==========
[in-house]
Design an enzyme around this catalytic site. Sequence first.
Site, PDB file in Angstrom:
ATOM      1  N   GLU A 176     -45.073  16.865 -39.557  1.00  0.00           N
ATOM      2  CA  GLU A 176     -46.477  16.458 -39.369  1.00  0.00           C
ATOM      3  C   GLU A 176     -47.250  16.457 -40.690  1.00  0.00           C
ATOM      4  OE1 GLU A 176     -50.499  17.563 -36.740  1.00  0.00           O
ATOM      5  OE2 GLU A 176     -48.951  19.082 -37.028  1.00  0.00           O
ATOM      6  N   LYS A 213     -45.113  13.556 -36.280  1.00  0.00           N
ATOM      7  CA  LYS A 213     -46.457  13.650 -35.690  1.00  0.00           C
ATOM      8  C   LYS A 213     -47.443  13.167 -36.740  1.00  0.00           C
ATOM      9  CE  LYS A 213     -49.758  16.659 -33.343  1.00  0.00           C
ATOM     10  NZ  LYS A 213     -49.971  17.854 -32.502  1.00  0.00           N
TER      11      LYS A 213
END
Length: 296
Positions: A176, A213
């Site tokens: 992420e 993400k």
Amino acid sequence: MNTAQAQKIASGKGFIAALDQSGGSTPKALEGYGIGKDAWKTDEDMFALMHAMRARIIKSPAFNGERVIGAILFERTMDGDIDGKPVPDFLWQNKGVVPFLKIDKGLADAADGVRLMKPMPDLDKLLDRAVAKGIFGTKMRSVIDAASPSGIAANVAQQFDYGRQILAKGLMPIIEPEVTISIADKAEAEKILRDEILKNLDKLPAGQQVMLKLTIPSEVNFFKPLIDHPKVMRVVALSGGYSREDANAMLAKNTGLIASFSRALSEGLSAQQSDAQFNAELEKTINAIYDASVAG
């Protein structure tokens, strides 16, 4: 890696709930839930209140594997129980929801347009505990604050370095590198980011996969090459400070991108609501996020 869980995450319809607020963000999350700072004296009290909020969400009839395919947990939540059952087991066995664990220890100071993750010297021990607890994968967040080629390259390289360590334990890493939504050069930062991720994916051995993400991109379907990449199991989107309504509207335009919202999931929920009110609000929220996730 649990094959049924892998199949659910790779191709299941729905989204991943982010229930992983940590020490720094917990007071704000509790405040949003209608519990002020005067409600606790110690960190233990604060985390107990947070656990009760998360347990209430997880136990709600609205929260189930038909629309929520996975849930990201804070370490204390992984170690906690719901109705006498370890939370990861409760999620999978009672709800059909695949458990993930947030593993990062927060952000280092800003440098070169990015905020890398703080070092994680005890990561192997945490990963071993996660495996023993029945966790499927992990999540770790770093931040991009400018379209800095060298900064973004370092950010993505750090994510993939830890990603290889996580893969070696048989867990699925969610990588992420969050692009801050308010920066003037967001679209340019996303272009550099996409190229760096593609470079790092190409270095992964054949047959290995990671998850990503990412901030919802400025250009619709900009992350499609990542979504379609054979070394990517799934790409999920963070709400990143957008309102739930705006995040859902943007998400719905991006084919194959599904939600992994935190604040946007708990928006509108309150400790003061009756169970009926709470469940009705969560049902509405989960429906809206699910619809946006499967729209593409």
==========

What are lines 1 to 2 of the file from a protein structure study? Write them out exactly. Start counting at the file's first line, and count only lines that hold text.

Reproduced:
[in-house]
Design an enzyme around this catalytic site. Sequence first.